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World Ice Art Championships 2019

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The World Ice Art Championships ice-sculpture festival opens today at the Tanana Valley Fairgrounds, bringing dozens of international carvers to Fairbanks for a month of competitions.

The non-profit organization, Ice Alaska, is bringing the festival back after missing a year to reorganize and raise donations. This is the first time the event is at the Fairgrounds, after six years on private property at the end of Phillips Field Road, and an annual event since 1990.

There was plenty of cutting ice with chain saws, moving it with huge forklifts, and scraping pretty designs into it at the Ice Park.

“I like this park, a lot better than the old one, everything is a little tighter together. It looks a little bit more homey. It’s not so wide open. We’re all goin’ to be back in the trees, carving, which is going to be a nice ambiance.”

That’s Daniel Howel, from South Carolina. This is the third year he has come for the competition, but he was also participating in the “boot camp” – a teaching institute Ice Alaska opened to carvers both amateur and experienced. He and Jake Binderseck were pouring water through a fire hose to make an ice rink.

The kids’ park is ready, and carvers can turn their attention now to the three professional competitions, which are timed. The Single-block carving in which one person has 36 hours to make a sculpture, is open to 20 people. The two-block contest is for teams of two people to make a sculpture in 60 hours, and Multi Block Classic lets teams of four people have five days to make the huge artworks the event is known for. That’s why sculptors come from all over the world.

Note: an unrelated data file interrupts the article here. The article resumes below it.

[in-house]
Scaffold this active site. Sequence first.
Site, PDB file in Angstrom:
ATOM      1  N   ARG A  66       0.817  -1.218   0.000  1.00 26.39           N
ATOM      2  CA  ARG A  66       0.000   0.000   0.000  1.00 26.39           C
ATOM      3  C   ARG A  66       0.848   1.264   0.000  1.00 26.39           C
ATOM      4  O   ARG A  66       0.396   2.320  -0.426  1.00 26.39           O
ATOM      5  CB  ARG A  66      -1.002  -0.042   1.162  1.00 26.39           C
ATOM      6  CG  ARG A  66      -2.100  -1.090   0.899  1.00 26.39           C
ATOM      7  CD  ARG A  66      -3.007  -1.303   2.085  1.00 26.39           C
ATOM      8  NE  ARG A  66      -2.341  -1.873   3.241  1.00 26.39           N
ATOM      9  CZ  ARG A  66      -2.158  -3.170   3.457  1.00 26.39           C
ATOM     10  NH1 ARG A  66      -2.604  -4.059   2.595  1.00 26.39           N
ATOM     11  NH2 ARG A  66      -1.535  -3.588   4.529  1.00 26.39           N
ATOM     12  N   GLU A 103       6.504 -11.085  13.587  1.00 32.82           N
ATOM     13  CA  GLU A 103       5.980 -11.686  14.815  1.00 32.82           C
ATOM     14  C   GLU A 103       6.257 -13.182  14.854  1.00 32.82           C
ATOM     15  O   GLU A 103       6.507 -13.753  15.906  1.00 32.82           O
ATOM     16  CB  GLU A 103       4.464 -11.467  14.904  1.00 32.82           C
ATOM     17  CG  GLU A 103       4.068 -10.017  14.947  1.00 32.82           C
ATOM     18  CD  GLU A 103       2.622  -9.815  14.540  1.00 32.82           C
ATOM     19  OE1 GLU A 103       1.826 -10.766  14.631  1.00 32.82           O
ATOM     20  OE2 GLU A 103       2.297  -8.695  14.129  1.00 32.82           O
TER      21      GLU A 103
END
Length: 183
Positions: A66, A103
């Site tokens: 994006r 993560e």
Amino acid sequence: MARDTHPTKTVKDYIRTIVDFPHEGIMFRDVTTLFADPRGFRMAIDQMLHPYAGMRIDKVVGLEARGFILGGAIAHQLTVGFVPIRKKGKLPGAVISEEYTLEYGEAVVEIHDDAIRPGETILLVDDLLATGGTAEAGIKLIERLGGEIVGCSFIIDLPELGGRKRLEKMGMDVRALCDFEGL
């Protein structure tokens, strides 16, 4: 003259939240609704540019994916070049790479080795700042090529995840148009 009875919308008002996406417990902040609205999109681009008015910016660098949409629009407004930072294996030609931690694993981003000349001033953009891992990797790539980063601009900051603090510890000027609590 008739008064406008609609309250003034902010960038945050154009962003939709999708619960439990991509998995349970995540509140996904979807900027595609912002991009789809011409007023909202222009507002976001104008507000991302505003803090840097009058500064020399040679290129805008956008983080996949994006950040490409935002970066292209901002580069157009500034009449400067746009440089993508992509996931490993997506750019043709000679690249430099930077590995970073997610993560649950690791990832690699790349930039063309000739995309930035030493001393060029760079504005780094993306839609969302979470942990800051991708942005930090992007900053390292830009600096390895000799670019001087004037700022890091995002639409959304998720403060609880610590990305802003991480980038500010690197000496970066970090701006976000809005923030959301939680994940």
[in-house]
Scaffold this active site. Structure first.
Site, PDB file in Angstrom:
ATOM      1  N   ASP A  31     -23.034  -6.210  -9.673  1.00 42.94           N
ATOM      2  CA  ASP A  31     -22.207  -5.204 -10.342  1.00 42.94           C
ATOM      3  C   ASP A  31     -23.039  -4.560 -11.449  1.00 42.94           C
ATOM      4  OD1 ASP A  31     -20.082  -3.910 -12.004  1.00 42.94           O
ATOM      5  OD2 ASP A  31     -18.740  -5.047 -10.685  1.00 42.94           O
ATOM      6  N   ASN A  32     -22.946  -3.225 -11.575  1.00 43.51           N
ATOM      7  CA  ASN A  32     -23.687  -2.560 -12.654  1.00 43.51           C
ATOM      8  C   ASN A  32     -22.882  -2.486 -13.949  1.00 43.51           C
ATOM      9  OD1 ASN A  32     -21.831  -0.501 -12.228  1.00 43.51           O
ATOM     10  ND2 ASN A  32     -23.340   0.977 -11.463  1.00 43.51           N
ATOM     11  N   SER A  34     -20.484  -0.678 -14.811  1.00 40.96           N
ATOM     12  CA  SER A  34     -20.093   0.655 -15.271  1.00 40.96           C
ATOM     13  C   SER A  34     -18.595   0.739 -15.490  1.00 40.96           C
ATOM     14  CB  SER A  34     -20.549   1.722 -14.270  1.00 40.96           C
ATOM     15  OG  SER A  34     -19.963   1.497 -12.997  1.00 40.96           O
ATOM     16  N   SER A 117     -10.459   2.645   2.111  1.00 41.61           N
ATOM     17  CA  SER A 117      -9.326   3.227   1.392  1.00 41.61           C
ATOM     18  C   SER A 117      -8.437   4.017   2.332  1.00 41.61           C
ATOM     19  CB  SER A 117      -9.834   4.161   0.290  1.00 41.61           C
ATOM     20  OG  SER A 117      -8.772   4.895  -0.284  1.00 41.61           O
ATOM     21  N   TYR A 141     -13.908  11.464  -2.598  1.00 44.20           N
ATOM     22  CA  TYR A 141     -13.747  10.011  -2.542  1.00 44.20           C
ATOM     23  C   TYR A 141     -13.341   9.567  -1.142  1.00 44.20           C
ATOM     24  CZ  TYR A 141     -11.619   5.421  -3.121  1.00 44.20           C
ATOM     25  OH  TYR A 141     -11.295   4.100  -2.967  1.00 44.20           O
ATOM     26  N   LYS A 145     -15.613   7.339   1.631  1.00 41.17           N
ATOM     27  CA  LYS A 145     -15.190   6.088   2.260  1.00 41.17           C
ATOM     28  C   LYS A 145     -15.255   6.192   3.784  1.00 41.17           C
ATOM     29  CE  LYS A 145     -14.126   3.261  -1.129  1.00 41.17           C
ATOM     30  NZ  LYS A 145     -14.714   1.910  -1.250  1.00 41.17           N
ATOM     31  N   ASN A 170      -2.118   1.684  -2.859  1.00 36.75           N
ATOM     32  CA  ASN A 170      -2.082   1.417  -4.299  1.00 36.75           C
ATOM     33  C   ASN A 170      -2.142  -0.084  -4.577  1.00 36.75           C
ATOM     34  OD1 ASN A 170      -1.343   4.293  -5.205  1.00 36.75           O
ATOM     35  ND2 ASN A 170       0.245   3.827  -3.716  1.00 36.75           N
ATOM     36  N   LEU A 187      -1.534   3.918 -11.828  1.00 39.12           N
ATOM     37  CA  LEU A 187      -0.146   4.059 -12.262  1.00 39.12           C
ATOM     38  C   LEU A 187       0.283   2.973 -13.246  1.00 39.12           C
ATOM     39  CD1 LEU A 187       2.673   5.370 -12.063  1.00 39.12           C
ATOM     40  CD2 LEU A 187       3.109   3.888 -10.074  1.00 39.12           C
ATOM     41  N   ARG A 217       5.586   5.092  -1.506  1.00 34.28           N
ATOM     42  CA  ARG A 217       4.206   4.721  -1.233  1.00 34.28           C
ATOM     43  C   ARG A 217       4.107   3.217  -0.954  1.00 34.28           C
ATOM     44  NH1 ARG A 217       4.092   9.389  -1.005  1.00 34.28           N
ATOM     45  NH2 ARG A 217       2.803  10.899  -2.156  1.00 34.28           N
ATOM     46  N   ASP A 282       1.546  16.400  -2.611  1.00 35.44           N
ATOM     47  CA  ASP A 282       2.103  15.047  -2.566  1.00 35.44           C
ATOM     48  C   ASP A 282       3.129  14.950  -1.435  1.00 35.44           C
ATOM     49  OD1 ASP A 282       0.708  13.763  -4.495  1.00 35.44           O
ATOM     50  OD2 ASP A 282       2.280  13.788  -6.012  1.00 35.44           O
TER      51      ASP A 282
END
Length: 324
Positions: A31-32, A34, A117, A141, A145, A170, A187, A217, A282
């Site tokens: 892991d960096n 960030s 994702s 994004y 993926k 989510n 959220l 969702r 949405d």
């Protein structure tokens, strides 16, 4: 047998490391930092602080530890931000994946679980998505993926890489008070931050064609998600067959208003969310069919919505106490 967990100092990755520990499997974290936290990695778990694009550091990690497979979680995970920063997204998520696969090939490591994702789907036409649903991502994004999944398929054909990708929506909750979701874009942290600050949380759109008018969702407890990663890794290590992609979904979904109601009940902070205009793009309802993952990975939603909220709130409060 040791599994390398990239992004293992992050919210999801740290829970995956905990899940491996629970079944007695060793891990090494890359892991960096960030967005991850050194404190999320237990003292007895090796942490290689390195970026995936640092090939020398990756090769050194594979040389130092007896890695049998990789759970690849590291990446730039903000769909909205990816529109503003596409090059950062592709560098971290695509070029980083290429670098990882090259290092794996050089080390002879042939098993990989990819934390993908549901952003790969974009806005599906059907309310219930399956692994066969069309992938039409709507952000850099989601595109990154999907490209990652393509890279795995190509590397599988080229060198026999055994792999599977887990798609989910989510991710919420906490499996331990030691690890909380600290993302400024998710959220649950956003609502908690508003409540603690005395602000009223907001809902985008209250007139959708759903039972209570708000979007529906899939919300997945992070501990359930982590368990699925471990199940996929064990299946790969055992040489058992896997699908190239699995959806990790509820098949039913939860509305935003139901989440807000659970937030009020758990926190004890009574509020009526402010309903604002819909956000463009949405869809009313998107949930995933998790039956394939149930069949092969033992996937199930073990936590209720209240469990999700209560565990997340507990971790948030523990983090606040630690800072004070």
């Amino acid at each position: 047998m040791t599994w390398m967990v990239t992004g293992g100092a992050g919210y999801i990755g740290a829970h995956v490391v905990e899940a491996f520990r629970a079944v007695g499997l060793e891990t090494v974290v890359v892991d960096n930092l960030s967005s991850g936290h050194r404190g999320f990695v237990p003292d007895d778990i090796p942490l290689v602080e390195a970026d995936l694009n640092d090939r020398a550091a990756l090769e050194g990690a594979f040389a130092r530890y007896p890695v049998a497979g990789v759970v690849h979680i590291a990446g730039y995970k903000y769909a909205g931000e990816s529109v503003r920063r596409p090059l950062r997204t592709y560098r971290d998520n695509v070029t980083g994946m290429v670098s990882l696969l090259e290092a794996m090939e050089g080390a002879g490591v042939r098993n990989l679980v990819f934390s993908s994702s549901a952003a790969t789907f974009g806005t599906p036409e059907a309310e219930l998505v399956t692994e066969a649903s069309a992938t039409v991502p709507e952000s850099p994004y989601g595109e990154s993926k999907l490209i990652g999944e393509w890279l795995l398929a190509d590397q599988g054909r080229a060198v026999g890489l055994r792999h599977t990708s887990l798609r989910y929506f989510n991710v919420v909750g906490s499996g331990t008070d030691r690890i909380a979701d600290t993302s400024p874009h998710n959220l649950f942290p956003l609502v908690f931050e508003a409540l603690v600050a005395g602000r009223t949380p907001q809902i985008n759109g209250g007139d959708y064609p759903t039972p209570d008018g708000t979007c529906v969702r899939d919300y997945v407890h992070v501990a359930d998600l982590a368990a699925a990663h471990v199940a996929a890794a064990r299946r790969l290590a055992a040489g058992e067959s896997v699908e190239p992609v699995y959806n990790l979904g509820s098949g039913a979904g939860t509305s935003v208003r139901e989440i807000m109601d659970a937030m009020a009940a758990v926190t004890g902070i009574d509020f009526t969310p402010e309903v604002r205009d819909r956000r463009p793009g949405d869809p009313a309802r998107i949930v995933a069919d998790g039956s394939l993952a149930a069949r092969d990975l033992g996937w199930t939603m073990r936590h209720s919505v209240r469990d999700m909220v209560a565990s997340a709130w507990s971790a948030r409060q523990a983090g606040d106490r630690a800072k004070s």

“Day by day they’re all going to start trickling in, and I can’t wait to see my ice brethren and sisters comin’ in here soon.”

Deedee Dalen is coordinating a lot of logistics. She says the carvers a looking for the next generation with a Youth Ice Sculpting class.

“Then over spring break, we have a youth classic, and we’re hopin’ to get some youth that want to learn how work with ice and learn that medium.”

Joan Foote and Ross Hansen returned to warm Fairbanks from South Dakota to volunteer for a few months.

“I coordinate the sculptor support office, which means that we register everybody, and house them or get housing for them.”

“One thing she does do that not many can do, she learns how to pronounce all the names. When you have Mongolians come over here, and they have names with 12 consonants and one vowel, it’s kind of hard to pronounce.”

Mongolia is one of about 90 countries that have been represented in past competitions. Dalen says the artists’ calendar is jammed between now and middle March and what the park needs now is volunteer support.

“For the gift shop, for ticketing, for first aid, for security. The competition ends March 2nd, but weather permitting, we’ll open ‘til the end of March, so we have potential 46 days of volunteer coverage that we need.”